A Short History of the Grand Canyon of the Stikine River

Doug Ammons


“The Stikine is the river of a lifetime.  If you want to run it, you need nerves of steel.”

Olli Grau, World Freestyle Champion, after a 2003 descent

“I should go back someday and see if it really is as scary as I remember.”

Lars Holbeck, 1985 first descent

“I’ve been here once before and the water level doubled and it was one of the most

terrifying experiences of my life.  I wasn’t sure I ever wanted to try the Stikine again, but here I am, and there it is.” Polk Dieters, 2005


The Grand Canyon of the Stikine River in northern British Columbia is one of the greatest whitewater runs in the world.  Hidden away in the Canadian wilderness, it has everything an expedition kayaker could ever want.  While it is impossible to say that something is the hardest, over the last 30 years and a total of 28 attempts, the Stikine has proved itself to be one of the most challenging runs anybody has ever found on this planet.  In 2006, 25 years after the first attempt, three of four teams bailed off the run.

Numbers do not do the river justice, nor do photographs. To the people who have been there, the Stikine means huge rapids, vertical walls, and total commitment.  It means a deep and dark gorge, rockfall, dangerous portages, and bad weather.  It is the personification of the entire north country wilderness condensed into the purest of runs.  There are no permits and you don’t need anybody’s permission. Just get in the car, drive up the Cassiar highway to the put in, and be prepared to run the biggest shit in the most dramatic canyon you’ve ever seen.


            My own introduction to the Stikine defined my kayaking career.  In the early 1980s, just as I started kayaking seriously, I happened across an American Sportsman episode showing the first attempted descent of the river, featuring Rob Lesser and other top kayakers.  I watched in astonishment as a blue-eyed, wild-haired guy gave an interview sitting in a chopper, hovering over the exploding water.  Instead of dude-speak, he talked passionately about the mystique of being in blank territory on a first descent.  As the film progressed, I saw the paddlers disappear into frothing monstrosities with the dark writhing water exploding between sheer walls.  It was truth in the rawest and most powerful form.  I knew the instant I saw it, that kayaking was my sport, and the Stikine was the place I wanted to go. Before I had even begun to paddle seriously, the Stikine had become my personal definition of what kayaking was all about.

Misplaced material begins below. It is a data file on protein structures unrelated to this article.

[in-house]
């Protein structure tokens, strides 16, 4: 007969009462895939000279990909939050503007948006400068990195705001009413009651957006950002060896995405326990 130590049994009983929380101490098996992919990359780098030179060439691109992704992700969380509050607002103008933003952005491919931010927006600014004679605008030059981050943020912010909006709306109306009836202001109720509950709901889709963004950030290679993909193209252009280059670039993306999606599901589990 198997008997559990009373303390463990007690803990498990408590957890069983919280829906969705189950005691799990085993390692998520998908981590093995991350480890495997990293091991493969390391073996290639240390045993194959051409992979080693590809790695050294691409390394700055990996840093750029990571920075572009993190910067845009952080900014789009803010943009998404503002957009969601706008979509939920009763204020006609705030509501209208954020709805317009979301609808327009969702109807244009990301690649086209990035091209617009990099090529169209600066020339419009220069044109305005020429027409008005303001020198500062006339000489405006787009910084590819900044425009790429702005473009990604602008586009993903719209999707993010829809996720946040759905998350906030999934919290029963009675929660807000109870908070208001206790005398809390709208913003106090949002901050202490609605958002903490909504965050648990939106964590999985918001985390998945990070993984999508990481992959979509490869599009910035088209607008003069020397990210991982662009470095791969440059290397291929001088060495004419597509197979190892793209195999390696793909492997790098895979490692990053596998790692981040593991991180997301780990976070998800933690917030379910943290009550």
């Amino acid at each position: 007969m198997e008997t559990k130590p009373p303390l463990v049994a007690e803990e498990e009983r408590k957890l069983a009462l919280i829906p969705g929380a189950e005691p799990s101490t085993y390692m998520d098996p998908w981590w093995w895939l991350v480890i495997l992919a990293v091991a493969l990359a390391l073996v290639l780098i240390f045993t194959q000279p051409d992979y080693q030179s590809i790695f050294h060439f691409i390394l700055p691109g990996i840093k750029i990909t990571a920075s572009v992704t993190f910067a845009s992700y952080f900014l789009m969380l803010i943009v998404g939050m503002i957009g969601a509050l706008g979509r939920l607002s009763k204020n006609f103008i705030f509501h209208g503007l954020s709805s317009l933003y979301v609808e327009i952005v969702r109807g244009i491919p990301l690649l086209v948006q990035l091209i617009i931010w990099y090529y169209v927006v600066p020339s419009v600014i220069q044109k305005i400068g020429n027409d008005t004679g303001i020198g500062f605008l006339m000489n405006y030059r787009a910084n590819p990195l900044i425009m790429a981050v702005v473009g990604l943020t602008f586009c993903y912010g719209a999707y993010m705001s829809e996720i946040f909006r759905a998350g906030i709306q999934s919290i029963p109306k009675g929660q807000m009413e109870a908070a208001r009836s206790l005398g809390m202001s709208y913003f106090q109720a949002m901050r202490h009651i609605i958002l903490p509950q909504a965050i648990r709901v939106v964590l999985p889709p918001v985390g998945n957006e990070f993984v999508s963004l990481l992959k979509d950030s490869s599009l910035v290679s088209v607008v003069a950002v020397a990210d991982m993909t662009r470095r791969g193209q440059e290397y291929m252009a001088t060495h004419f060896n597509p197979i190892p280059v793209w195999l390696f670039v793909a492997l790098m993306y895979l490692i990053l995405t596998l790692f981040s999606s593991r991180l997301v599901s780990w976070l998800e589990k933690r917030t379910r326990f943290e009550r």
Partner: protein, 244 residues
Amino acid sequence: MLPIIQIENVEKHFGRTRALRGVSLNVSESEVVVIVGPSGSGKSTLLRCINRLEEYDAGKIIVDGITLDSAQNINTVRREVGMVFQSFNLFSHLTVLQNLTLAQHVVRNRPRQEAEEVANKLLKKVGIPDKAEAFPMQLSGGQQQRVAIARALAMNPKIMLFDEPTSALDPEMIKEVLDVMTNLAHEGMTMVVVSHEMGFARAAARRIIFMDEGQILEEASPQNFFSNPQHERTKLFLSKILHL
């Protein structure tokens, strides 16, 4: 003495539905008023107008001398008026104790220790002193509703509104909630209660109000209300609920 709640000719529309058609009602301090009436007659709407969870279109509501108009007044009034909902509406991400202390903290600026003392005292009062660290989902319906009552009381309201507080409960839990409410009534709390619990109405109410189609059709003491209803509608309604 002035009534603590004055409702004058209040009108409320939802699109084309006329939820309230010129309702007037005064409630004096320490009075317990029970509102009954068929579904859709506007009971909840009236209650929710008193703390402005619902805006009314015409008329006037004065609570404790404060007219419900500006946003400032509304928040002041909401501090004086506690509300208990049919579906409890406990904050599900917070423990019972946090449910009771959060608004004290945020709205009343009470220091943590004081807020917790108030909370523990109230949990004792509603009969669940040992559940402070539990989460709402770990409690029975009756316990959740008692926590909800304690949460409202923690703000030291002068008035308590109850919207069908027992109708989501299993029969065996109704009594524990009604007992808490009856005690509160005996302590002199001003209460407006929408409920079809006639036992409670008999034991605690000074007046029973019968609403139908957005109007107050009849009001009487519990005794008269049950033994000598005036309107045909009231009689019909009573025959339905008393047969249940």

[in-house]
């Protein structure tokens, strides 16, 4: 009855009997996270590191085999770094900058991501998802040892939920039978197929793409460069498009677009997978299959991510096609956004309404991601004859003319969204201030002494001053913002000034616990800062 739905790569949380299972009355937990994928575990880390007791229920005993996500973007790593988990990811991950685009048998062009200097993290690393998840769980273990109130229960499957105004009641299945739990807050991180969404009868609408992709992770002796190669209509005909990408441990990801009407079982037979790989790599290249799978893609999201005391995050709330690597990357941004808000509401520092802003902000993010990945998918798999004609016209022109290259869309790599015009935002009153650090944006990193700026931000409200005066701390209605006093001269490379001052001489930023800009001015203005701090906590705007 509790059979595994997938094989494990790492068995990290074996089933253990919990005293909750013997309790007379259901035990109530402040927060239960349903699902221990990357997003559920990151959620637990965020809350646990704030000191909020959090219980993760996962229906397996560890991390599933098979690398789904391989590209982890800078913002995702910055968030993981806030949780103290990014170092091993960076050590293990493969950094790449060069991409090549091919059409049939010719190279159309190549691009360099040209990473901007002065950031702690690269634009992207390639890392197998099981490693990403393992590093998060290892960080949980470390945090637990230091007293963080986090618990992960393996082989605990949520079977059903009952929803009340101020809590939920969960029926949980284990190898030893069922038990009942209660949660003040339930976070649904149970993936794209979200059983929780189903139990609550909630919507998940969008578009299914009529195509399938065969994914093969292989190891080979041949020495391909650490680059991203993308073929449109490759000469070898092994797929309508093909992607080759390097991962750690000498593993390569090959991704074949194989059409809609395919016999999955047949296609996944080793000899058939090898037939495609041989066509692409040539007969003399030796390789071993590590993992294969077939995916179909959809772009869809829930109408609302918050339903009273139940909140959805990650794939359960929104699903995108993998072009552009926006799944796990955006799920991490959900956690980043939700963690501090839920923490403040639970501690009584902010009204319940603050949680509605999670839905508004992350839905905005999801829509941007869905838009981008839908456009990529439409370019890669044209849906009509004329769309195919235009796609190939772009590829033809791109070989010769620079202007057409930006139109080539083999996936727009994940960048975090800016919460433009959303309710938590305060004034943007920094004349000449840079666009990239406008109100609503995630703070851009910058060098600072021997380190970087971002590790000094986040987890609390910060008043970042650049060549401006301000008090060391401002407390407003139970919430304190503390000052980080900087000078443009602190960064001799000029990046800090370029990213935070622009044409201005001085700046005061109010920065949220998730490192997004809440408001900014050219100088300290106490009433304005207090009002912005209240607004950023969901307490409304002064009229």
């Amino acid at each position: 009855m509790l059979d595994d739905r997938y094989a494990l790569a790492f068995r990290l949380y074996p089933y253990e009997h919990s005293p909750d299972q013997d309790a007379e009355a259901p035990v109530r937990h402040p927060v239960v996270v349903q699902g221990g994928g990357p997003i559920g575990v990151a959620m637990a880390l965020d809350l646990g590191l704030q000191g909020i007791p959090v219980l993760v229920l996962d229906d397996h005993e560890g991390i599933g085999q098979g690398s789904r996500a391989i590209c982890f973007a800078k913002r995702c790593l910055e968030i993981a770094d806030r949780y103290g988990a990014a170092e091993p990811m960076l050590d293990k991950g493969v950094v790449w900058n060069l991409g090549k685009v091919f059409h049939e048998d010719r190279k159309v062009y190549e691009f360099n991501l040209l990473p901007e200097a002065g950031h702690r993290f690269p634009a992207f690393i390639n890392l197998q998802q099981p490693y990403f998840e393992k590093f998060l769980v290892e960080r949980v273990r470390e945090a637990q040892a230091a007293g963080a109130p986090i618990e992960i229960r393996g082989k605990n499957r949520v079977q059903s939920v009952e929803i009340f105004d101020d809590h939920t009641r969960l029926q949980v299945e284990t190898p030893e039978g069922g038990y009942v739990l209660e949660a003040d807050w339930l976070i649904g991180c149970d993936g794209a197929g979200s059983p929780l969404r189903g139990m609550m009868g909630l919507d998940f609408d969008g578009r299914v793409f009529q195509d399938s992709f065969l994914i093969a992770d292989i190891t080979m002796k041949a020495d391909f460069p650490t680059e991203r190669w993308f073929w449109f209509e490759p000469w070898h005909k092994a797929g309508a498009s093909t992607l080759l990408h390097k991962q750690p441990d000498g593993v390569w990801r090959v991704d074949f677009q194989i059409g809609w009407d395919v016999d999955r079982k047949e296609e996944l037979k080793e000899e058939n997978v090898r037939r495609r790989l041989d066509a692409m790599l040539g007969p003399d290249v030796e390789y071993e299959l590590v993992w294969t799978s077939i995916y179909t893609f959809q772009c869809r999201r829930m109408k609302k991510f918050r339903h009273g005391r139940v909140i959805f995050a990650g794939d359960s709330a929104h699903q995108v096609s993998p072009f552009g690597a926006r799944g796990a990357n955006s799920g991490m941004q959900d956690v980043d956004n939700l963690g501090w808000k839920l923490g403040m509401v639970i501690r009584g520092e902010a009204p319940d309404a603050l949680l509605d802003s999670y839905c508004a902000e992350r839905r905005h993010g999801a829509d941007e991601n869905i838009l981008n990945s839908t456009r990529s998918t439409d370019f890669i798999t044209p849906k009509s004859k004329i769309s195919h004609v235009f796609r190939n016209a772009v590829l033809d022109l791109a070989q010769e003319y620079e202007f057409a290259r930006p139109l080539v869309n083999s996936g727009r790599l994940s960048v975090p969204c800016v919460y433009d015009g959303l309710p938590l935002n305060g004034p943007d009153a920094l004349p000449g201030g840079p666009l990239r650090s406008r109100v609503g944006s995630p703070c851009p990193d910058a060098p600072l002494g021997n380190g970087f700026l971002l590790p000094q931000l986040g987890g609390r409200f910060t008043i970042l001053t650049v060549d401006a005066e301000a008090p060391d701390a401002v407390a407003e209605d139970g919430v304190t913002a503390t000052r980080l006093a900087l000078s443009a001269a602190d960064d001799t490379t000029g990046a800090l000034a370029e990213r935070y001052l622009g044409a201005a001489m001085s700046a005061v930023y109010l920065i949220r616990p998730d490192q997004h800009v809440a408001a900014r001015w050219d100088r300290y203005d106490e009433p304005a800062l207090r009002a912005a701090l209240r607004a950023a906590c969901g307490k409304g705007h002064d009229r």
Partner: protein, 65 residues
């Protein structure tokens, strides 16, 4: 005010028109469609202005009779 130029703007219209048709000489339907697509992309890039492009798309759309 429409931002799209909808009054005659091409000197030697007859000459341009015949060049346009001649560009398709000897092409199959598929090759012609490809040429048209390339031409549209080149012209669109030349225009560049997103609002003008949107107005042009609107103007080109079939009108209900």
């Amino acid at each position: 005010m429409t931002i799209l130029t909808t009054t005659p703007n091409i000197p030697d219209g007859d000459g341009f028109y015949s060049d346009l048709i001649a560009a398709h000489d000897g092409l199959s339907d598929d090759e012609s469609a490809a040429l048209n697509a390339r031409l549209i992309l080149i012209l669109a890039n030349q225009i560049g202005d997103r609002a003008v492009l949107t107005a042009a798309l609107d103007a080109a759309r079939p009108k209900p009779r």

The river is in uppermost corner of British Columbia, located about 1200 miles north of Seattle Washington.  It gathers its waters from the glaciers and mountain ranges of the Canadian interior, and runs for 400 miles through the coastal mountains to the Pacific Ocean.  It is a land of vast forests and mountains, with grizzly bears, wolves, and caribou far outnumbering the several thousand people who inhabit an immense wilderness nearly twice the size of France. 

The incomparable Rob Lesser of Boise Idaho almost singlehandedly defined the exploration and early history of the river.  After hearing rumors of a “Grand Canyon” in 1977 on his way up to run the Susitna in Alaska with Walt Blackadar, he stopped in Dease Lake and flew the Stikine.  Looking down into this incredibly improbable place, he saw the river pounding through the deep canyon with at least 35,000 cfs.   On his topo map, he labeled rapids with descriptions like "Killer Falls #1" and "Killer #2."  It was 60 miles of incredible whitewater, dozens and dozens of huge class V rapids, and sections completely hidden by the narrow, overhanging canyon walls, impossible to see from the plane.  One thing was clear - this was a hell of a river.  The Stikine was on the map.